5. Ty Lawson (Kings): The 5-11 point guard had a bit of a bounce back season. He averaged 9.9 points and 4.9 assists. Lawson doesn't stretch the floor as well as others on this list, shooting a career-low 28.8% from three-point range in 69 appearances. His issues with alcohol has made him a risky proposition for most teams but he was formerly a quality starter who probably can be had for a reasonable price. He earned the vet minimum $1.3 million.

[RELATED: NBA Draft: Targets for Wizards In Round Two]

4. Deron Williams (Mavs/Cavs): A 6-3 point guard, he accepted a reduced role to compete for a championship with 11.0 points, 5.6 assists and 36.3% three-point shooting. His final year of his deal netted him $14.8 million but that'll plummet signficantly if he hopes to continue playing for contenders. On the downside, he'll be 33 and can be injury-prone.

3. Darren Collison (Kings): Also a 6-foot point guard, Collison averaged 13.2 points, 4.6 assists and a career-high 41.7% from three-point range. He also started 64 games in earning $5.2 million. He has been a backup most of his career.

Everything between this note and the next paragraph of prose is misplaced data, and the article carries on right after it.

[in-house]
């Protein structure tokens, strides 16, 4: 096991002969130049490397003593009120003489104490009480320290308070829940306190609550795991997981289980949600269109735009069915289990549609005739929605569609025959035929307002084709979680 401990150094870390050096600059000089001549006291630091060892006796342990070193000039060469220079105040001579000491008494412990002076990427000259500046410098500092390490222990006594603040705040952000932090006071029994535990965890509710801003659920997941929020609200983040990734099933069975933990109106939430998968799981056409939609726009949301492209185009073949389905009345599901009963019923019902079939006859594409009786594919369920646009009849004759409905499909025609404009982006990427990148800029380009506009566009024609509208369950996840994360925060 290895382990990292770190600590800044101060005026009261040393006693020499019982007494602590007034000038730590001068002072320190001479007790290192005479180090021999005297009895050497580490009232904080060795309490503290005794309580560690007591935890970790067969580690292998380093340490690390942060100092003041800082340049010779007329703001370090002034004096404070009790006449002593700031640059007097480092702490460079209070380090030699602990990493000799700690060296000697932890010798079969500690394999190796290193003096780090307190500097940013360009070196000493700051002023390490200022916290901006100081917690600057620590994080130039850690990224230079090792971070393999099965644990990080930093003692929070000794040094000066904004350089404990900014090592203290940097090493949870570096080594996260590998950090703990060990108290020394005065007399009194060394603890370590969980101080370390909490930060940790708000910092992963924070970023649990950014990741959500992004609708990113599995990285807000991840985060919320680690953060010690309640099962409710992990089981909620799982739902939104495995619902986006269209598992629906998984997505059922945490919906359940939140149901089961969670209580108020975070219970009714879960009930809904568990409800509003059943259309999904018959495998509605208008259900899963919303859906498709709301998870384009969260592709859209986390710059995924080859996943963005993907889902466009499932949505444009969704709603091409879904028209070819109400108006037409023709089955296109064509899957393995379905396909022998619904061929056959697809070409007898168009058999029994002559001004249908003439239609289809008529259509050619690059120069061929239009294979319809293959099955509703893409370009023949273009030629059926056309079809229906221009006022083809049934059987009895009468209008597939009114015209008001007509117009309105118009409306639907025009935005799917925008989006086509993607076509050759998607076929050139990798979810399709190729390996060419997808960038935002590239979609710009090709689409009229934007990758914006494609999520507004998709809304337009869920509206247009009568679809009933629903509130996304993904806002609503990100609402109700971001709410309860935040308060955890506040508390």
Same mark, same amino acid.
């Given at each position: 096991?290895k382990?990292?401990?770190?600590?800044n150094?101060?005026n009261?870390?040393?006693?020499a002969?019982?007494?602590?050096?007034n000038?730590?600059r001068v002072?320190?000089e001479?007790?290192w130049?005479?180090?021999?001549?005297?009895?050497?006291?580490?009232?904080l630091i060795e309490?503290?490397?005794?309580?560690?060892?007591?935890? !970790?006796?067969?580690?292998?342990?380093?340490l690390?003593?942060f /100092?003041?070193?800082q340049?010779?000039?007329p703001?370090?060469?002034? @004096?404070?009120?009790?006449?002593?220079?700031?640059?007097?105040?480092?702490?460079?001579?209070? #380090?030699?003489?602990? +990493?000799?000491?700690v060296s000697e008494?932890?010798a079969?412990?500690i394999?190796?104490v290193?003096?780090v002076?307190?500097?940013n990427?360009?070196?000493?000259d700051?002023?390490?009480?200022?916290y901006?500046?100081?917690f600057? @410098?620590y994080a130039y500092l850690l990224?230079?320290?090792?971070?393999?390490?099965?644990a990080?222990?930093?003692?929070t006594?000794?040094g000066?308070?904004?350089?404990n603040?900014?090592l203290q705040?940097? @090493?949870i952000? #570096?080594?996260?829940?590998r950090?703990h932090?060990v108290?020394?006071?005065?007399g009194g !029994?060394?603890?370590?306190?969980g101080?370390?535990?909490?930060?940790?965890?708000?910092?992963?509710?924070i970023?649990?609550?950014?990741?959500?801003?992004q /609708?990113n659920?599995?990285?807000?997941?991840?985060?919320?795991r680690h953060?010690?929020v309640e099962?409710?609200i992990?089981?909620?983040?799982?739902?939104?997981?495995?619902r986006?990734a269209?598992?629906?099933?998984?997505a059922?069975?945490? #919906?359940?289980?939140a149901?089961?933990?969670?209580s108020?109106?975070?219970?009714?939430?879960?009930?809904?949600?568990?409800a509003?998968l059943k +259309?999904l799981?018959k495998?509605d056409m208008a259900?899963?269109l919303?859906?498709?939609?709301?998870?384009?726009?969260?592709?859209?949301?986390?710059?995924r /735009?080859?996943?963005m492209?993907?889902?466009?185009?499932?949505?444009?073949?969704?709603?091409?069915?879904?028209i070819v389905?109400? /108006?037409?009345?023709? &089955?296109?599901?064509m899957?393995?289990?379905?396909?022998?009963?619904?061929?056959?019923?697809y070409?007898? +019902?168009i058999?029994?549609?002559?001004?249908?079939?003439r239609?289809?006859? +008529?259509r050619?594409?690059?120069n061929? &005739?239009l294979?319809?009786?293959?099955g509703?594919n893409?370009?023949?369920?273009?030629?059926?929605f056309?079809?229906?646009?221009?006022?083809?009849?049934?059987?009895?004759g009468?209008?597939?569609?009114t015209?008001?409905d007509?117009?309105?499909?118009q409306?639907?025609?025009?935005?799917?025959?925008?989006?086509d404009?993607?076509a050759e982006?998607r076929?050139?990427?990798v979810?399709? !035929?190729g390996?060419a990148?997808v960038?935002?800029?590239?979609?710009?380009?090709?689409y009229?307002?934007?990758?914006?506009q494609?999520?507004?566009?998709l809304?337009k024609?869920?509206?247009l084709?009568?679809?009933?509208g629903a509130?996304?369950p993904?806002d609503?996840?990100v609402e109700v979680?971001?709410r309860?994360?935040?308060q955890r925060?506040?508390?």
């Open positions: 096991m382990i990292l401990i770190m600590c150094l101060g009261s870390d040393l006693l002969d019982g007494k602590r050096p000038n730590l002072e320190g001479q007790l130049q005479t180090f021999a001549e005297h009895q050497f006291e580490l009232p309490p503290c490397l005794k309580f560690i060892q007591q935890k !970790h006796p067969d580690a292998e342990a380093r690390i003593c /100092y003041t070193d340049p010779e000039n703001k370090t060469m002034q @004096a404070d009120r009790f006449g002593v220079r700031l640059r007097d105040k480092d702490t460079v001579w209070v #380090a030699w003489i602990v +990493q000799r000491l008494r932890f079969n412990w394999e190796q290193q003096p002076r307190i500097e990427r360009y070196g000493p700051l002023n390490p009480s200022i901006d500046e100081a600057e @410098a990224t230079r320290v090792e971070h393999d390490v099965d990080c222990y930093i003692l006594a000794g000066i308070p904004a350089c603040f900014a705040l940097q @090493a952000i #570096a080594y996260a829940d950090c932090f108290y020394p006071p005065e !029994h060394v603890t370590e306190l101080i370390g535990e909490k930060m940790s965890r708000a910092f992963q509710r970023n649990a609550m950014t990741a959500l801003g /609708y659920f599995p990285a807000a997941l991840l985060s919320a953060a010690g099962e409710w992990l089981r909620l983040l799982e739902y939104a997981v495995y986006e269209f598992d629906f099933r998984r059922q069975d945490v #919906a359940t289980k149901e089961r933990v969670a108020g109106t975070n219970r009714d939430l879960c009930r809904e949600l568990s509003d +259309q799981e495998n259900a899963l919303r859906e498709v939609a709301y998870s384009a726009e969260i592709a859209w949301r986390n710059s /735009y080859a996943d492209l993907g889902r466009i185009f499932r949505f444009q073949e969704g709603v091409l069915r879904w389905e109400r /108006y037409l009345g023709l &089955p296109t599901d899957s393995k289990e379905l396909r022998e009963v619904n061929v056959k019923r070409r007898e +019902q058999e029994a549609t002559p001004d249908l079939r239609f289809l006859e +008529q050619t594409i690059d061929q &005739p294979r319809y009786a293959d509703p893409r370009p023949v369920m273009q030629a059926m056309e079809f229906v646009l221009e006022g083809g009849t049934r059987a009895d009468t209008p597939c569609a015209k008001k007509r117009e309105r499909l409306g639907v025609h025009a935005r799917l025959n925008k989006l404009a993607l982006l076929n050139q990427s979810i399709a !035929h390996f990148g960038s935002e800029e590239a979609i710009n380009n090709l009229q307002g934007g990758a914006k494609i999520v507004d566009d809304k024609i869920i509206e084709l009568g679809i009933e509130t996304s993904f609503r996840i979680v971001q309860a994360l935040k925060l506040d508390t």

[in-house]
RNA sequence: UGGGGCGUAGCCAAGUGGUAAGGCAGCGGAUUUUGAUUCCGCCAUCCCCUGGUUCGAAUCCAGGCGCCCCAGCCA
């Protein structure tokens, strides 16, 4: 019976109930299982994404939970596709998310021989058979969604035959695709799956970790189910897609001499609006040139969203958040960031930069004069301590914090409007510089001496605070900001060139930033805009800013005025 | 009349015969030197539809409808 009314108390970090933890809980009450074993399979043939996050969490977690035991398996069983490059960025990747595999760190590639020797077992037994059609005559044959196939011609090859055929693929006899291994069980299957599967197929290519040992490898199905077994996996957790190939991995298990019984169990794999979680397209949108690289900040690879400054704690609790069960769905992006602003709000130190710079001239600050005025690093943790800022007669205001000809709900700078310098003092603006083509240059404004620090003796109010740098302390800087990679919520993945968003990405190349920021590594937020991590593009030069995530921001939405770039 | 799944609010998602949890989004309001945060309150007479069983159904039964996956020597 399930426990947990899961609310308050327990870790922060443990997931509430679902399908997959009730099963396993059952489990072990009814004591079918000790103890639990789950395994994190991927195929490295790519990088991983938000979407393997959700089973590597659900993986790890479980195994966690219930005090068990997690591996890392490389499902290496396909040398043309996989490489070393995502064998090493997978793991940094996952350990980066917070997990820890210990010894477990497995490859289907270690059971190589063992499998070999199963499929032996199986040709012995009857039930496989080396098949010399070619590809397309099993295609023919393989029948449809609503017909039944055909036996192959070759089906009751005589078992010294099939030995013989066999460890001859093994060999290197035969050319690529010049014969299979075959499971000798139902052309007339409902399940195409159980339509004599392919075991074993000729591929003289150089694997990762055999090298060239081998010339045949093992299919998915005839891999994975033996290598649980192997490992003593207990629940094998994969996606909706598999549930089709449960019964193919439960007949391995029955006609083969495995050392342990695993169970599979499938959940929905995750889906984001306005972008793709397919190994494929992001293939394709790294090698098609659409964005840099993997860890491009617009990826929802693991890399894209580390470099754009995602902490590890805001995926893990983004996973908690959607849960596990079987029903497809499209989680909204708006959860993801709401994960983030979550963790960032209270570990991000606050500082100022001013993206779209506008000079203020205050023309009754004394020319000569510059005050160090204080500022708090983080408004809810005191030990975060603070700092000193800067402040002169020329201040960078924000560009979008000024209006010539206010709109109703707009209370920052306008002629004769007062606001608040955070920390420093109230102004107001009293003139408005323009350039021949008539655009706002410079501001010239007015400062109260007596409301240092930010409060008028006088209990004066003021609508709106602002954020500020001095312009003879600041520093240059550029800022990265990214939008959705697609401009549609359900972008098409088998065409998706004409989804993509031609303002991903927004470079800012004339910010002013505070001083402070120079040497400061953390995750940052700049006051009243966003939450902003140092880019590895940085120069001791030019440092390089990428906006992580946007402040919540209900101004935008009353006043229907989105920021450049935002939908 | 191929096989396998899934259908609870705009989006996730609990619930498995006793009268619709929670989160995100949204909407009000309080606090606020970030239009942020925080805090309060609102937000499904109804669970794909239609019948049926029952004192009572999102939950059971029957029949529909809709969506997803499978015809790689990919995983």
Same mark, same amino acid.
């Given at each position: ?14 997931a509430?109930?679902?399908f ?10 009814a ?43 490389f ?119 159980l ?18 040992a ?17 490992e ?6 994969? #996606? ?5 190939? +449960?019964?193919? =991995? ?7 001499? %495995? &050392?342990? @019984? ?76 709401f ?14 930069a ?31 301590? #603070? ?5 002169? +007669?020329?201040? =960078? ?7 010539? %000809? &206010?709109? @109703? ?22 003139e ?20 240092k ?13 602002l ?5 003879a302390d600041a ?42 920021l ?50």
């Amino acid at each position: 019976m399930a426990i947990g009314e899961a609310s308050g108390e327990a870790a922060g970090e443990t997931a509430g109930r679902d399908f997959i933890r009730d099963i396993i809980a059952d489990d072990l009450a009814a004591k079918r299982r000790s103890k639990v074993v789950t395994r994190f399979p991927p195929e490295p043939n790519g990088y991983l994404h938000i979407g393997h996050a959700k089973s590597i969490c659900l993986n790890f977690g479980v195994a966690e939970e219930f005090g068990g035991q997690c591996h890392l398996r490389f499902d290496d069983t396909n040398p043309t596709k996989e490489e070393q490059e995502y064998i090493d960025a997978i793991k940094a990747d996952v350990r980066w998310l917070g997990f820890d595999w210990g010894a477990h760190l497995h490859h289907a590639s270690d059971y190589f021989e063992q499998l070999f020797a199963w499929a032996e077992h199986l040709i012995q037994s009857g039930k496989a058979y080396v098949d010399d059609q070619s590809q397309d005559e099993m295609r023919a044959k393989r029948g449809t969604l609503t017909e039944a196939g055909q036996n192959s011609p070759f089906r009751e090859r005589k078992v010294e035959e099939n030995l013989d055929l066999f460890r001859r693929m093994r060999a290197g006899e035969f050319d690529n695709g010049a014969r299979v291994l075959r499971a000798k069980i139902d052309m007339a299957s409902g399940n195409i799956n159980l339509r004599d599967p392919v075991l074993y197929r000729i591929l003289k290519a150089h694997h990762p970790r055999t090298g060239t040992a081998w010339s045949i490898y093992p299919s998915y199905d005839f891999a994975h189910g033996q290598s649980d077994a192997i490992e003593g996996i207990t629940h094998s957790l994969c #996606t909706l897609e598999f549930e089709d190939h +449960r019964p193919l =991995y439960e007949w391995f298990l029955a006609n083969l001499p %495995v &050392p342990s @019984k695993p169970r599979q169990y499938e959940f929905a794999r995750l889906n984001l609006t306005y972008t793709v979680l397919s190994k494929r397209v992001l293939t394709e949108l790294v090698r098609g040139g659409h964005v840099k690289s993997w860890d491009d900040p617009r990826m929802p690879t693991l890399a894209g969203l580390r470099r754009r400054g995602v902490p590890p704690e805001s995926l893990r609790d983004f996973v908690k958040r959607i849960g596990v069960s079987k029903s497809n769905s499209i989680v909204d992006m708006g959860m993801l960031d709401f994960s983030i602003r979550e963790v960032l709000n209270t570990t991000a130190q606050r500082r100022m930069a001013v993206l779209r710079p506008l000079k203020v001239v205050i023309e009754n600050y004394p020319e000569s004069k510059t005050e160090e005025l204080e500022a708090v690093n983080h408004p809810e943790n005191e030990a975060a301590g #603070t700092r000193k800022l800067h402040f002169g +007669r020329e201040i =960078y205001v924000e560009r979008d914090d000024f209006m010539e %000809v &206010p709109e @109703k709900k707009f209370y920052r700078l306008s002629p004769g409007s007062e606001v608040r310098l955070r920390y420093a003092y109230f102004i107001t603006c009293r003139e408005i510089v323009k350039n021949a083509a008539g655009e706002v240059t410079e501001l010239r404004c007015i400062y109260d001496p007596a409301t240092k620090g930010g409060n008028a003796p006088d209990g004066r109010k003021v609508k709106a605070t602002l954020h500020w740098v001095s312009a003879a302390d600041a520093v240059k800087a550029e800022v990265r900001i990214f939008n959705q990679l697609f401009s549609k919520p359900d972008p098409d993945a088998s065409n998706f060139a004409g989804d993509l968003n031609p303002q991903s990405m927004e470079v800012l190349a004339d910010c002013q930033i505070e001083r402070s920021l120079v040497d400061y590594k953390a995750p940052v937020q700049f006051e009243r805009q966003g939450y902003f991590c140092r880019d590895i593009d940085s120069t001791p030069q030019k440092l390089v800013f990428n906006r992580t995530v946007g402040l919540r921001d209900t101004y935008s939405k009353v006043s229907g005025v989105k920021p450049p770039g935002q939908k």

2. Shaun Livingston (Warriors): The biggest point guard on this list, the Wizard had the 6-7 Livingston as he tried to rebuild his career after a catastrophic knee injury but he was cut by Randy Wittnan during the 2012-13 season. He's averaging just 5.1 points off the bench for Golden State and isn't a three-point shooter but he can get his own shot. He shot 54.7% from the field overall in earning $5.7 million. 

1. Patty Mills (Spurs): A 6-foot point guard, he averaged 9.5 points, 3.5 assists and shot 41.3% from three-point range in his sixth season in San Antonio. Mills earned $3.2 million in 22 minutes per game off the bench. He can handle the ball, run the offense, stretch the floor and has developed into a good perimeter defender. Mills has never started more than eight games in his eight-year career.

(Langston Galloway might've made this list but he has a player option with the Kings. He could hit the unrestricted free agent market, too.)

[RELATED: Wizards Tipoff podcast - Breaking down a possible Wall extension]